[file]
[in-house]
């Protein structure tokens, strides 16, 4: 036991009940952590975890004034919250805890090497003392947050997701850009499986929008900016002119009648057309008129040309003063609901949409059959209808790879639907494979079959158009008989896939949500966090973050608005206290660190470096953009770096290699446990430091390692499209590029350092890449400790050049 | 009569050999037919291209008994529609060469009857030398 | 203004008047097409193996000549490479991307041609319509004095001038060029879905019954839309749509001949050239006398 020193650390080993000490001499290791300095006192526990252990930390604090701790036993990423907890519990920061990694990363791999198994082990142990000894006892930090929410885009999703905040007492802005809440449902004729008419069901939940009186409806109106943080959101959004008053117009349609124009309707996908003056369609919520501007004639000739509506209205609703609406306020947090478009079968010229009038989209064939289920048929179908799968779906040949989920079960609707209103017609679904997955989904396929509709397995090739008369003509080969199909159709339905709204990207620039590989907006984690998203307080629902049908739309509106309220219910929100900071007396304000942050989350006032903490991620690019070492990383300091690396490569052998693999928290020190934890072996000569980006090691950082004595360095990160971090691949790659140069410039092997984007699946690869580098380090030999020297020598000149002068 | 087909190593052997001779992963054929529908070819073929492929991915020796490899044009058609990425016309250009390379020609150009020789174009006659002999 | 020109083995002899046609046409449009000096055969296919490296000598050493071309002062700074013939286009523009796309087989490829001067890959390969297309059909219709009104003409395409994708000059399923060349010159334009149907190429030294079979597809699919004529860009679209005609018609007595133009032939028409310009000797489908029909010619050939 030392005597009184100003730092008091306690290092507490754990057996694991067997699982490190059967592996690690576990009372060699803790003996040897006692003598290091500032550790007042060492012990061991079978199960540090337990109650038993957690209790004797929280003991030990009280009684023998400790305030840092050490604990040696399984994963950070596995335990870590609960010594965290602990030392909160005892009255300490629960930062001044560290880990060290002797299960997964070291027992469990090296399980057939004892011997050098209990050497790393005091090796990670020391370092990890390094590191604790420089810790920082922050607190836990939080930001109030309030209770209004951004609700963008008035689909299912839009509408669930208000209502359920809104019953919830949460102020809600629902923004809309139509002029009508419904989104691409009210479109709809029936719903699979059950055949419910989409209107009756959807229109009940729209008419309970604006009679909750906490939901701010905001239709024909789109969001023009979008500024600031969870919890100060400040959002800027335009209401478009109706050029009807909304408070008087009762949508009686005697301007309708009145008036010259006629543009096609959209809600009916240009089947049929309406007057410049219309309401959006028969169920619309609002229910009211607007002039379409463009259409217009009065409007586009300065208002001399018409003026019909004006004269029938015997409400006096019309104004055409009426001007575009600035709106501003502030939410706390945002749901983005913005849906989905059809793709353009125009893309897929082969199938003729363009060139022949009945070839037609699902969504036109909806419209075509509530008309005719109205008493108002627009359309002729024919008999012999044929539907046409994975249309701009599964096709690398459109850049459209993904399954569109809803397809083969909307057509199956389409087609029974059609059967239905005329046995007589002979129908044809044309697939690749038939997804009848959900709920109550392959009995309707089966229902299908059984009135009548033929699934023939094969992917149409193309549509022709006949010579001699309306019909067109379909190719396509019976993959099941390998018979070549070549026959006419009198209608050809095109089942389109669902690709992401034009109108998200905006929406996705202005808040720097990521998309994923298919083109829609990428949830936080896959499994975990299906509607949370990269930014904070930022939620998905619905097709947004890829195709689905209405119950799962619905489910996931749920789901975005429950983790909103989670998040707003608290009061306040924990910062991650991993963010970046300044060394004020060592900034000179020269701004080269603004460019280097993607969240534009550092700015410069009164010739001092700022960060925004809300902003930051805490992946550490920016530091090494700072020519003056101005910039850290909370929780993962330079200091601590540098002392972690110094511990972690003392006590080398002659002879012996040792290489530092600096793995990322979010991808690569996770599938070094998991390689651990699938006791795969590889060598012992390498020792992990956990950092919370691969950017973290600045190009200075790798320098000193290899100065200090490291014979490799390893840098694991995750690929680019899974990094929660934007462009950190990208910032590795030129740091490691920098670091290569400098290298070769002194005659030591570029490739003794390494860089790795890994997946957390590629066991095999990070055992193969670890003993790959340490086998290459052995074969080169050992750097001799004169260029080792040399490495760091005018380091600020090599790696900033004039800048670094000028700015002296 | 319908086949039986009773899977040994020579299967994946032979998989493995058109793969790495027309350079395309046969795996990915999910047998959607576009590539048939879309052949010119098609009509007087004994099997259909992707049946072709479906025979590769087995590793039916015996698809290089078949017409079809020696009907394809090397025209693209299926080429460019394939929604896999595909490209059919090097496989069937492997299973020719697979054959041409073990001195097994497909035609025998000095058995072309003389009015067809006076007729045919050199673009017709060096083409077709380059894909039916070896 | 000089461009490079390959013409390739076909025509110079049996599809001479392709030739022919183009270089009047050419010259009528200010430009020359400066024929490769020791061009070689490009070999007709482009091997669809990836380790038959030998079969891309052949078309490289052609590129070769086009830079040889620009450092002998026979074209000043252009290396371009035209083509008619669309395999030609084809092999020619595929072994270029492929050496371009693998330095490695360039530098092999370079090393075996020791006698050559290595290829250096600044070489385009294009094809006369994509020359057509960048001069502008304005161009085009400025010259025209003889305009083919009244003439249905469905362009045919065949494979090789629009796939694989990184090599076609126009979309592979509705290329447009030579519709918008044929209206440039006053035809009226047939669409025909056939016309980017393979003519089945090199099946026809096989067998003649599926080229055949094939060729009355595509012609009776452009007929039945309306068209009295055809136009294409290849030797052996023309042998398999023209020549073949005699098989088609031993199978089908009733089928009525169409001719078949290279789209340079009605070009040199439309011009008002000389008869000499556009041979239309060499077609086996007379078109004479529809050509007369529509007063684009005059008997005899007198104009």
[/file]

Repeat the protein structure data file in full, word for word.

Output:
[in-house]
């Protein structure tokens, strides 16, 4: 036991009940952590975890004034919250805890090497003392947050997701850009499986929008900016002119009648057309008129040309003063609901949409059959209808790879639907494979079959158009008989896939949500966090973050608005206290660190470096953009770096290699446990430091390692499209590029350092890449400790050049 | 009569050999037919291209008994529609060469009857030398 | 203004008047097409193996000549490479991307041609319509004095001038060029879905019954839309749509001949050239006398 020193650390080993000490001499290791300095006192526990252990930390604090701790036993990423907890519990920061990694990363791999198994082990142990000894006892930090929410885009999703905040007492802005809440449902004729008419069901939940009186409806109106943080959101959004008053117009349609124009309707996908003056369609919520501007004639000739509506209205609703609406306020947090478009079968010229009038989209064939289920048929179908799968779906040949989920079960609707209103017609679904997955989904396929509709397995090739008369003509080969199909159709339905709204990207620039590989907006984690998203307080629902049908739309509106309220219910929100900071007396304000942050989350006032903490991620690019070492990383300091690396490569052998693999928290020190934890072996000569980006090691950082004595360095990160971090691949790659140069410039092997984007699946690869580098380090030999020297020598000149002068 | 087909190593052997001779992963054929529908070819073929492929991915020796490899044009058609990425016309250009390379020609150009020789174009006659002999 | 020109083995002899046609046409449009000096055969296919490296000598050493071309002062700074013939286009523009796309087989490829001067890959390969297309059909219709009104003409395409994708000059399923060349010159334009149907190429030294079979597809699919004529860009679209005609018609007595133009032939028409310009000797489908029909010619050939 030392005597009184100003730092008091306690290092507490754990057996694991067997699982490190059967592996690690576990009372060699803790003996040897006692003598290091500032550790007042060492012990061991079978199960540090337990109650038993957690209790004797929280003991030990009280009684023998400790305030840092050490604990040696399984994963950070596995335990870590609960010594965290602990030392909160005892009255300490629960930062001044560290880990060290002797299960997964070291027992469990090296399980057939004892011997050098209990050497790393005091090796990670020391370092990890390094590191604790420089810790920082922050607190836990939080930001109030309030209770209004951004609700963008008035689909299912839009509408669930208000209502359920809104019953919830949460102020809600629902923004809309139509002029009508419904989104691409009210479109709809029936719903699979059950055949419910989409209107009756959807229109009940729209008419309970604006009679909750906490939901701010905001239709024909789109969001023009979008500024600031969870919890100060400040959002800027335009209401478009109706050029009807909304408070008087009762949508009686005697301007309708009145008036010259006629543009096609959209809600009916240009089947049929309406007057410049219309309401959006028969169920619309609002229910009211607007002039379409463009259409217009009065409007586009300065208002001399018409003026019909004006004269029938015997409400006096019309104004055409009426001007575009600035709106501003502030939410706390945002749901983005913005849906989905059809793709353009125009893309897929082969199938003729363009060139022949009945070839037609699902969504036109909806419209075509509530008309005719109205008493108002627009359309002729024919008999012999044929539907046409994975249309701009599964096709690398459109850049459209993904399954569109809803397809083969909307057509199956389409087609029974059609059967239905005329046995007589002979129908044809044309697939690749038939997804009848959900709920109550392959009995309707089966229902299908059984009135009548033929699934023939094969992917149409193309549509022709006949010579001699309306019909067109379909190719396509019976993959099941390998018979070549070549026959006419009198209608050809095109089942389109669902690709992401034009109108998200905006929406996705202005808040720097990521998309994923298919083109829609990428949830936080896959499994975990299906509607949370990269930014904070930022939620998905619905097709947004890829195709689905209405119950799962619905489910996931749920789901975005429950983790909103989670998040707003608290009061306040924990910062991650991993963010970046300044060394004020060592900034000179020269701004080269603004460019280097993607969240534009550092700015410069009164010739001092700022960060925004809300902003930051805490992946550490920016530091090494700072020519003056101005910039850290909370929780993962330079200091601590540098002392972690110094511990972690003392006590080398002659002879012996040792290489530092600096793995990322979010991808690569996770599938070094998991390689651990699938006791795969590889060598012992390498020792992990956990950092919370691969950017973290600045190009200075790798320098000193290899100065200090490291014979490799390893840098694991995750690929680019899974990094929660934007462009950190990208910032590795030129740091490691920098670091290569400098290298070769002194005659030591570029490739003794390494860089790795890994997946957390590629066991095999990070055992193969670890003993790959340490086998290459052995074969080169050992750097001799004169260029080792040399490495760091005018380091600020090599790696900033004039800048670094000028700015002296 | 319908086949039986009773899977040994020579299967994946032979998989493995058109793969790495027309350079395309046969795996990915999910047998959607576009590539048939879309052949010119098609009509007087004994099997259909992707049946072709479906025979590769087995590793039916015996698809290089078949017409079809020696009907394809090397025209693209299926080429460019394939929604896999595909490209059919090097496989069937492997299973020719697979054959041409073990001195097994497909035609025998000095058995072309003389009015067809006076007729045919050199673009017709060096083409077709380059894909039916070896 | 000089461009490079390959013409390739076909025509110079049996599809001479392709030739022919183009270089009047050419010259009528200010430009020359400066024929490769020791061009070689490009070999007709482009091997669809990836380790038959030998079969891309052949078309490289052609590129070769086009830079040889620009450092002998026979074209000043252009290396371009035209083509008619669309395999030609084809092999020619595929072994270029492929050496371009693998330095490695360039530098092999370079090393075996020791006698050559290595290829250096600044070489385009294009094809006369994509020359057509960048001069502008304005161009085009400025010259025209003889305009083919009244003439249905469905362009045919065949494979090789629009796939694989990184090599076609126009979309592979509705290329447009030579519709918008044929209206440039006053035809009226047939669409025909056939016309980017393979003519089945090199099946026809096989067998003649599926080229055949094939060729009355595509012609009776452009007929039945309306068209009295055809136009294409290849030797052996023309042998398999023209020549073949005699098989088609031993199978089908009733089928009525169409001719078949290279789209340079009605070009040199439309011009008002000389008869000499556009041979239309060499077609086996007379078109004479529809050509007369529509007063684009005059008997005899007198104009």